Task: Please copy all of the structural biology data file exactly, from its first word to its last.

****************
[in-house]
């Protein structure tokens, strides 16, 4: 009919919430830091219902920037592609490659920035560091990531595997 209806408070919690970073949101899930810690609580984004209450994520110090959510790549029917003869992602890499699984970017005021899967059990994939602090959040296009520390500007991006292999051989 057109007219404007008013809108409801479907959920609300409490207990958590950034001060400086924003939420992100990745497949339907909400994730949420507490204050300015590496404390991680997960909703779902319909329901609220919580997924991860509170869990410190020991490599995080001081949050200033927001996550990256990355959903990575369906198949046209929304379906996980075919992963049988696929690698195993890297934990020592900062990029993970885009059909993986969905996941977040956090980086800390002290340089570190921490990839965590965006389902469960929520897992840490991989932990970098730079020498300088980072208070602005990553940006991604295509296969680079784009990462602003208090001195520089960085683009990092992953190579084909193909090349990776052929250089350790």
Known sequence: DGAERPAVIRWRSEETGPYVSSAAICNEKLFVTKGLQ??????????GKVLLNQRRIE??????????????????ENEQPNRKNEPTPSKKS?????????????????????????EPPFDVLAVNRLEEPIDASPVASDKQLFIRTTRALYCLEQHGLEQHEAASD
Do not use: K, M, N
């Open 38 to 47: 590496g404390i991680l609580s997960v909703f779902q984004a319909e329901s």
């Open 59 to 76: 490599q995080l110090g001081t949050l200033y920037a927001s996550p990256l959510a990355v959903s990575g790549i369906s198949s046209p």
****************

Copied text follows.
[in-house]
């Protein structure tokens, strides 16, 4: 009919919430830091219902920037592609490659920035560091990531595997 209806408070919690970073949101899930810690609580984004209450994520110090959510790549029917003869992602890499699984970017005021899967059990994939602090959040296009520390500007991006292999051989 057109007219404007008013809108409801479907959920609300409490207990958590950034001060400086924003939420992100990745497949339907909400994730949420507490204050300015590496404390991680997960909703779902319909329901609220919580997924991860509170869990410190020991490599995080001081949050200033927001996550990256990355959903990575369906198949046209929304379906996980075919992963049988696929690698195993890297934990020592900062990029993970885009059909993986969905996941977040956090980086800390002290340089570190921490990839965590965006389902469960929520897992840490991989932990970098730079020498300088980072208070602005990553940006991604295509296969680079784009990462602003208090001195520089960085683009990092992953190579084909193909090349990776052929250089350790």
Known sequence: DGAERPAVIRWRSEETGPYVSSAAICNEKLFVTKGLQ??????????GKVLLNQRRIE??????????????????ENEQPNRKNEPTPSKKS?????????????????????????EPPFDVLAVNRLEEPIDASPVASDKQLFIRTTRALYCLEQHGLEQHEAASD
Do not use: K, M, N
């Open 38 to 47: 590496g404390i991680l609580s997960v909703f779902q984004a319909e329901s």
């Open 59 to 76: 490599q995080l110090g001081t949050l200033y920037a927001s996550p990256l959510a990355v959903s990575g790549i369906s198949s046209p």